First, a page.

Hope is an ambiguous word. We can use it to show our enthusiasm: “We hope that our friends from the Caribbean will visit us this summer.” Or our sorrow: “I do hope those friends don’t turn up tonight.” Either way it symbolizes a desire or an expectation of some kind! One is well-wishing and the other is ill-wishing.
Expectations, or hope, can be excuses for not dealing with the real issues of our life. To hope may also mean I have not yet decided and so cannot be judged. Hope can take the form of avoidance, through which our happiness is postponed, or it can be the faith through which we can get things accomplished.
In a personal belief context, many people feel that to live with hope is to live with faith in God, and so to be hopeless is equivalent to having no faith in God. In this case hope is a gauge of one’s faith primarily in God, then the self and then the universe. And what is faith but a powerful thought? It is to know and sincerely believe that for every step I take towards making that hope a reality, God will take ten. I must not only hope, that is, think great thoughts, but take the first step and initiate the act.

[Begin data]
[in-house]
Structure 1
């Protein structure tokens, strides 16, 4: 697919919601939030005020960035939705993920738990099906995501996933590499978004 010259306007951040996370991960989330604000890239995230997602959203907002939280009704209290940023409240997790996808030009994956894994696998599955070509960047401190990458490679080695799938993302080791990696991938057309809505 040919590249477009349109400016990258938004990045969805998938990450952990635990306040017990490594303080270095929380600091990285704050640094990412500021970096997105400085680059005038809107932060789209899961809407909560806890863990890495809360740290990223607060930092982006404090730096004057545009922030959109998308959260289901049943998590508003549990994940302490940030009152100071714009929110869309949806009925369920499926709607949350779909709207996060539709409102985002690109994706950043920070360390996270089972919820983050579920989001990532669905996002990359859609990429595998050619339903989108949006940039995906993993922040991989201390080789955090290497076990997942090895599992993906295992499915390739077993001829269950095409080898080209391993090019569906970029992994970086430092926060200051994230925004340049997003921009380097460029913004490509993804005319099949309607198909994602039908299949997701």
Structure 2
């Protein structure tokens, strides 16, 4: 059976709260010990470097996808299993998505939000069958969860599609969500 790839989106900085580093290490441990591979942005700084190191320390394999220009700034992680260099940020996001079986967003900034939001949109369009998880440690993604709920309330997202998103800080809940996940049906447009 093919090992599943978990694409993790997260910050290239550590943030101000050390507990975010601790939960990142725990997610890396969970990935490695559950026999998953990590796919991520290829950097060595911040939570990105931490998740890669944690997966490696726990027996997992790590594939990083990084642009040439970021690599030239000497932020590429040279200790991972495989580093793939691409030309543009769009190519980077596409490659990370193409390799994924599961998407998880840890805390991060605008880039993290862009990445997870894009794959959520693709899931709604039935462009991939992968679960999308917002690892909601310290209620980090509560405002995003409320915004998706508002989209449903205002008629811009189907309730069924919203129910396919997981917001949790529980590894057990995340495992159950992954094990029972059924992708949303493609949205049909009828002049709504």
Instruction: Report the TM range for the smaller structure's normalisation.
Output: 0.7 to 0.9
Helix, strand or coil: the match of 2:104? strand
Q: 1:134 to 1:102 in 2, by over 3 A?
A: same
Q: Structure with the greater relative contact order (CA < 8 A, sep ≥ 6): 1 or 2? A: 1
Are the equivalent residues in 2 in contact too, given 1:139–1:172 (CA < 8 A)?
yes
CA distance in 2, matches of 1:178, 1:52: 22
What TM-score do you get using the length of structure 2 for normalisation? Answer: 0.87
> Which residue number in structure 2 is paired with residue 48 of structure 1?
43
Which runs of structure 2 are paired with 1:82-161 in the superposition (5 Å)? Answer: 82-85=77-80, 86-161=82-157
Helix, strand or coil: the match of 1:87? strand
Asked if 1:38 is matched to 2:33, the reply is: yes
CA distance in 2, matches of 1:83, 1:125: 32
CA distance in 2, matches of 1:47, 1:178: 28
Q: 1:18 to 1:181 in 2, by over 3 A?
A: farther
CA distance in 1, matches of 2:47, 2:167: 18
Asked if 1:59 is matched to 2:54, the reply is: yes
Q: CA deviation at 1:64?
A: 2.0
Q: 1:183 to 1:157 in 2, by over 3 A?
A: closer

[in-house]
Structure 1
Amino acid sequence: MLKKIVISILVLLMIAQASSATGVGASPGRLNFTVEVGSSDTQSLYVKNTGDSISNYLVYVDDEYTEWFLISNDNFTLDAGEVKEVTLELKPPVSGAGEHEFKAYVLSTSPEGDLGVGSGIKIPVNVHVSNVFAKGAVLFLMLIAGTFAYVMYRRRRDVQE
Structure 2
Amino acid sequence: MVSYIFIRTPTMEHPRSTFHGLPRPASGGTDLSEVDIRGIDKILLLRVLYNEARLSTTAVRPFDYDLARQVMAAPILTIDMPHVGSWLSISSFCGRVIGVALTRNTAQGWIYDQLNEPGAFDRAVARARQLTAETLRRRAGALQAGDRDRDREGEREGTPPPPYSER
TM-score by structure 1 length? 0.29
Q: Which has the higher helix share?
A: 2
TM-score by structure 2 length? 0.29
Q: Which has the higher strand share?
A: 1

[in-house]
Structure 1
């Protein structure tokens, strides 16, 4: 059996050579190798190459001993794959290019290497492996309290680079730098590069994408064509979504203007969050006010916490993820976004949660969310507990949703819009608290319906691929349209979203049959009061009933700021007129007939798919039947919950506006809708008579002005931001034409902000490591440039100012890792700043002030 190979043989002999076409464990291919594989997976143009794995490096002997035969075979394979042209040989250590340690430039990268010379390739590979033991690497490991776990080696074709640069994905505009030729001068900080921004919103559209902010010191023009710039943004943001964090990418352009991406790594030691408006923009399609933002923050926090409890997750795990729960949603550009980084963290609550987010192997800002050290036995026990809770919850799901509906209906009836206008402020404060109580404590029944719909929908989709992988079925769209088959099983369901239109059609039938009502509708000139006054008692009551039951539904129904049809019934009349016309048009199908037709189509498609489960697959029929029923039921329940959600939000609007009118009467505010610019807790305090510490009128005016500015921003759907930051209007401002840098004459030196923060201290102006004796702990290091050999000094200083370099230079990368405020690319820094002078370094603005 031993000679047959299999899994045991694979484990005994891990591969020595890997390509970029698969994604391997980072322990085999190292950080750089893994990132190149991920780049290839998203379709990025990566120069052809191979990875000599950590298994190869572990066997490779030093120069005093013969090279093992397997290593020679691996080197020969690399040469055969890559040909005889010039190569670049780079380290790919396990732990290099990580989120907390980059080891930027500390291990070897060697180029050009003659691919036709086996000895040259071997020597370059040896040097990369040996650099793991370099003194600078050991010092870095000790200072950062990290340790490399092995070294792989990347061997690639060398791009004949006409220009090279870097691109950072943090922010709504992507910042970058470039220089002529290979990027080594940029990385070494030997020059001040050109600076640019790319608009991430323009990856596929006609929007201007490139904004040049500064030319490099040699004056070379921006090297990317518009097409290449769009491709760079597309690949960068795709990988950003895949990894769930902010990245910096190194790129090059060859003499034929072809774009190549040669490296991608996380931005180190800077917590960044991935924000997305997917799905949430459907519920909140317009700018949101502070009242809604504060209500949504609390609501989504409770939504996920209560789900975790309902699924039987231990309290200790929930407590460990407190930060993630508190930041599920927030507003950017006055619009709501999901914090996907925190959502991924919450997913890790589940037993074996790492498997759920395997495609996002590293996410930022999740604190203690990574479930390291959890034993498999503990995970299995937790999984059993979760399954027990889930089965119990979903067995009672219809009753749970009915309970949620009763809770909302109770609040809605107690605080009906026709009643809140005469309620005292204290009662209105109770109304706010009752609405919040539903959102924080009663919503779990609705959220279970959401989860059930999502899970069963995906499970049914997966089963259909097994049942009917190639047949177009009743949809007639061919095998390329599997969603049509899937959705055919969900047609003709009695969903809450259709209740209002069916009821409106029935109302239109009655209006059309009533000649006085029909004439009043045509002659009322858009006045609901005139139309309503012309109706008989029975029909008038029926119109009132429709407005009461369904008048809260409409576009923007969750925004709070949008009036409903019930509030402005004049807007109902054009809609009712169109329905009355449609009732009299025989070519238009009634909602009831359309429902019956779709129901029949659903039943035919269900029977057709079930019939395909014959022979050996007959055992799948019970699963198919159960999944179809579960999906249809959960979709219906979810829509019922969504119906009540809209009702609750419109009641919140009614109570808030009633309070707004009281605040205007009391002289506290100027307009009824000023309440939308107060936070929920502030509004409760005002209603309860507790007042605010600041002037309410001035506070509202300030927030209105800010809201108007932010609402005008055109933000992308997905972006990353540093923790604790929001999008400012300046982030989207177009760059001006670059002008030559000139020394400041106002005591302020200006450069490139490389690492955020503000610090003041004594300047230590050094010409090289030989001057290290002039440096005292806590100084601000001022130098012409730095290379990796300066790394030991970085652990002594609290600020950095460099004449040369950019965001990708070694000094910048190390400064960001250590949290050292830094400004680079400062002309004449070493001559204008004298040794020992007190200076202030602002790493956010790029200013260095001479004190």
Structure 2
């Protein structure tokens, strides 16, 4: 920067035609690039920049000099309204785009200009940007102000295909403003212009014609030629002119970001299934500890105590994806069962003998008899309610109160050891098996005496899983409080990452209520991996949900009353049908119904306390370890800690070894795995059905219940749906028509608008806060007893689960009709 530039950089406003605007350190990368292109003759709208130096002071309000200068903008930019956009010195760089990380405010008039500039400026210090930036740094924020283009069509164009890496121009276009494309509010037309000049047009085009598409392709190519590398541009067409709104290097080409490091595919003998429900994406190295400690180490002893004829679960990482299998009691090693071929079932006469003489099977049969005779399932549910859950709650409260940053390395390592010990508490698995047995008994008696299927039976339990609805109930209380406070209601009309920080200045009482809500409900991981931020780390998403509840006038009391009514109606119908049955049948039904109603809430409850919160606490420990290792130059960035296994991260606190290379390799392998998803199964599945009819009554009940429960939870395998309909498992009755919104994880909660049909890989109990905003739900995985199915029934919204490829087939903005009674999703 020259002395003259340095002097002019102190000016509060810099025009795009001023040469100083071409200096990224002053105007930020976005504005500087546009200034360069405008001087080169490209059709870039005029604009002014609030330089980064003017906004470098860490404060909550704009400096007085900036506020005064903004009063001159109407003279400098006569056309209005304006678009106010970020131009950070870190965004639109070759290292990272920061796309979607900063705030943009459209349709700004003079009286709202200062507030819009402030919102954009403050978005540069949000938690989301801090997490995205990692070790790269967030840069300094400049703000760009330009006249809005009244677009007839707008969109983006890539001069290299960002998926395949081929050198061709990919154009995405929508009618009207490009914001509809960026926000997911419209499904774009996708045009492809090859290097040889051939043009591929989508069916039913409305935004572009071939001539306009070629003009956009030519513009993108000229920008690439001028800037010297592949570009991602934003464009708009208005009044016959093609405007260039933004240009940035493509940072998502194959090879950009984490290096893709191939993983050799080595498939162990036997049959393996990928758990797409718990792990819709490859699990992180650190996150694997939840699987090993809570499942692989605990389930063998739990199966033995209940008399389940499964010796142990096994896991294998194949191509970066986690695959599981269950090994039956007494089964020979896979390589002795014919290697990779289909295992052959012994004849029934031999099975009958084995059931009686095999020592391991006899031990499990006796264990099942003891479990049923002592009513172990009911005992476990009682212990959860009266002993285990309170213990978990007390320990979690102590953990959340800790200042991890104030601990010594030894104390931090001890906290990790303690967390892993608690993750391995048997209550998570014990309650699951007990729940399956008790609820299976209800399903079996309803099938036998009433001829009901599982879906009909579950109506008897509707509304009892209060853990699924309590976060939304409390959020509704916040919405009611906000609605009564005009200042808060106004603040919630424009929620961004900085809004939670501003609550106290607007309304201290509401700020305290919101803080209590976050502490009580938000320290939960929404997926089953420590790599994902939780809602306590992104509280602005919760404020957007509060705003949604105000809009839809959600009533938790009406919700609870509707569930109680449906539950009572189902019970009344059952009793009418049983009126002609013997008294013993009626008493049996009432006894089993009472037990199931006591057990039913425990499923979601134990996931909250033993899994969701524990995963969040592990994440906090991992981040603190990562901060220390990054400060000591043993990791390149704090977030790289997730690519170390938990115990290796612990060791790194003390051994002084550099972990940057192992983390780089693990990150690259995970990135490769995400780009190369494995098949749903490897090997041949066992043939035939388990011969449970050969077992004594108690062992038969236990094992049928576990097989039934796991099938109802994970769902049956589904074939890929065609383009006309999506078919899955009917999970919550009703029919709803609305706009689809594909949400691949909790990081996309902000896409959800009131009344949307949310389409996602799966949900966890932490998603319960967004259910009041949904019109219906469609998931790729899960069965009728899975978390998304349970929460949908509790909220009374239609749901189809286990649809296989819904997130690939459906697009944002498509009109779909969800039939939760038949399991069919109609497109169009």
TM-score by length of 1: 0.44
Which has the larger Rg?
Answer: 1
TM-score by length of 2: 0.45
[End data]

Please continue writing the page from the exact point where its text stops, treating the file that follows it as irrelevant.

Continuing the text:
To be hopeful is to have a wish for a particular outcome, to want something good to happen to us all the time, but do we really understand the part that our thoughts play in bringing a situation into existence? And how much faith do we have in the power of our own thoughts? In order to make that hope a reality the first significant step is to create the thoughts that match that vision and it is this part of the equation that we seem to neglect.
In order to make your life free from the tension of hoping, turn your hopes into truth. Just as we do not hope for the sun to come out tomorrow, we know it, believe it, and rest assured of the fact, so, too, stay with the knowledge that your hopes will come alive very soon, but remember YOU are the one who will make them happen.
The question then arises: to hope or not to hope?
Om Shanti (I am a peaceful soul)
Contributed by Brahma Kumaris World Spiritual Organization. Please visit http://www.bkboston.org or call 617-926-1230 to learn more about the Brahma Kumaris Learning Center for Peace in Watertown, MA.